The story of the feeding of the five thousand illustrates that, in the face of threats and challenges, to live lovingly, compassionately, and generously is itself a kind of “cure.” Caring for and feeding others connects us to God’s presence and abundance. To reach out in generous love and compassion is to feast at God’s great banquet.

         In contrast, to live fearfully and vengefully, to live as if we matter more than those around us, only increases our distance from God, from our neighbors, and from the earth. To live selfishly is to starve in the midst of God’s abundance.

         Many years ago, my wife and I attended a funeral at a church in a different denomination. As part of that service, the officiant led in the celebration of the sacrament of the Lord’s Supper. And he made it clear that only members of that particular tradition were allowed at the table. In that house of worship, only those who had previously agreed to understand communion in a certain way were welcome.

         Going in, we knew that would be the case if communion were celebrated, but the actual experience unsettled us. We were practicing Christians and old friends of one member of the grieving family. And yet, while the “worthy” people lined up in the aisles, we had to keep our seats and watch. We were not allowed to receive the gift which God offers to all people through Christ.

         The service wasn’t about us, so we didn’t dwell on it. Still, God’s resurrection feast was intentionally withheld from many people at time when a community had gathered to mourn the death of a loved one. Instead of feeding the crowd, the minister fenced off Christ’s table and declared it private property.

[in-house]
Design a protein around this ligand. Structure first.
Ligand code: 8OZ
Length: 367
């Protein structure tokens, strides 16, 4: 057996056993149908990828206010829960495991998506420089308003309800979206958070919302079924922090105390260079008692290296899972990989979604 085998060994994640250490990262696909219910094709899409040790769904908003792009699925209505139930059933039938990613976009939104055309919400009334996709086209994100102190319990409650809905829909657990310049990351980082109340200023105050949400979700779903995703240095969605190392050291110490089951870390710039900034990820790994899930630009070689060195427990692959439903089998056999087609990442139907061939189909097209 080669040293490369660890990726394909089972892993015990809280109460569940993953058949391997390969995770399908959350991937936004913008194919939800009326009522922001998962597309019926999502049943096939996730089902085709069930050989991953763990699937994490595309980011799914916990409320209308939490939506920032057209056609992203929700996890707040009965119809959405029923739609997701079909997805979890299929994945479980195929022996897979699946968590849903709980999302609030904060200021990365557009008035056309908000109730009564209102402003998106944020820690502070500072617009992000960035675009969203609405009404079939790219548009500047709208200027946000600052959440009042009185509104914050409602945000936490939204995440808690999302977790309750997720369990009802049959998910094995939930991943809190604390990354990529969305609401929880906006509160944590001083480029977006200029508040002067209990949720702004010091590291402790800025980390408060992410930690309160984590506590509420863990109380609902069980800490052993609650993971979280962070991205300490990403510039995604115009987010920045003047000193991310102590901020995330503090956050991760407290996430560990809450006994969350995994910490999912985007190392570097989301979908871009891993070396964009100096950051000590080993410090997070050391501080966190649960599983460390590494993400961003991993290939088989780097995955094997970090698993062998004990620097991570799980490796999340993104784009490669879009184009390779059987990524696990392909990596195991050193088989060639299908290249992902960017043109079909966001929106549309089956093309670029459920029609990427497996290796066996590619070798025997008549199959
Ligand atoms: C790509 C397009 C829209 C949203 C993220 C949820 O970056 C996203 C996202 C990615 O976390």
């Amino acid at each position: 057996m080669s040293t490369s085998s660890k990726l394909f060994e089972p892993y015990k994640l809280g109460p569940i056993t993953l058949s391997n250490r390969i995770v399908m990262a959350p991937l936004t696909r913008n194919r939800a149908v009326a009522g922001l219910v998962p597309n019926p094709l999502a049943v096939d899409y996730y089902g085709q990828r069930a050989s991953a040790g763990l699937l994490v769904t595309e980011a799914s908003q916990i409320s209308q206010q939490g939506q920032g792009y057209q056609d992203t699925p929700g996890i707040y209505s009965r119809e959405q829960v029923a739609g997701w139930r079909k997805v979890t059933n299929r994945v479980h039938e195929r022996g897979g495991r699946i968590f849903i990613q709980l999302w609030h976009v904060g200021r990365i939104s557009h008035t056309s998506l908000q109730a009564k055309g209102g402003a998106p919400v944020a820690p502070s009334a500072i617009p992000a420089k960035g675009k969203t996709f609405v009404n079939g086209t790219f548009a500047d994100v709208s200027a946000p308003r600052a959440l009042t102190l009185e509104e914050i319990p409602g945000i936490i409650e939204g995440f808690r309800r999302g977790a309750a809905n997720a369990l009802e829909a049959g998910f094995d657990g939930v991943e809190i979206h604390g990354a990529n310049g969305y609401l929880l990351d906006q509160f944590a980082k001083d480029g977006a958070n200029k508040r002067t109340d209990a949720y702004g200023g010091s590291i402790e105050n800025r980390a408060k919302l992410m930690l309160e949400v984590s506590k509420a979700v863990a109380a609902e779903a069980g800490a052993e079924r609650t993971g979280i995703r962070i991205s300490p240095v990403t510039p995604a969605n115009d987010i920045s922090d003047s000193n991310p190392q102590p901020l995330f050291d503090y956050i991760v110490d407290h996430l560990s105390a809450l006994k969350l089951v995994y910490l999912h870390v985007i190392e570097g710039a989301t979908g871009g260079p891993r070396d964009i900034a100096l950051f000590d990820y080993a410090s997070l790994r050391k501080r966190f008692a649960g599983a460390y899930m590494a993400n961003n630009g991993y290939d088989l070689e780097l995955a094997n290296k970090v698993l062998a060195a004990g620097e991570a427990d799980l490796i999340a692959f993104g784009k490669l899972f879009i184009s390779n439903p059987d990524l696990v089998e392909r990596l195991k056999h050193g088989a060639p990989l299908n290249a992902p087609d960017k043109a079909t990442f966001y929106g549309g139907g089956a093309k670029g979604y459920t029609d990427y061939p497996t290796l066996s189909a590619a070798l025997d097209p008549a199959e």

At Jonesborough Presbyterian we practice open communion. I try to make it clear that whenever this table is set, there is always room and there is always enough for everyone. Anyone can choose not to participate. That’s fine, but I want everyone to hear that the disciples who set this table have heard Jesus say to them, “They need not go away, you give them something to eat.”

         Whether out there in that “deserted place” with Jesus, or here in this sanctuary thousands of miles away and thousands of years later, there is enough. There will always be enough at Christ’s table, because this, his feast of grace, is set with generous helpings of God’s eternal love.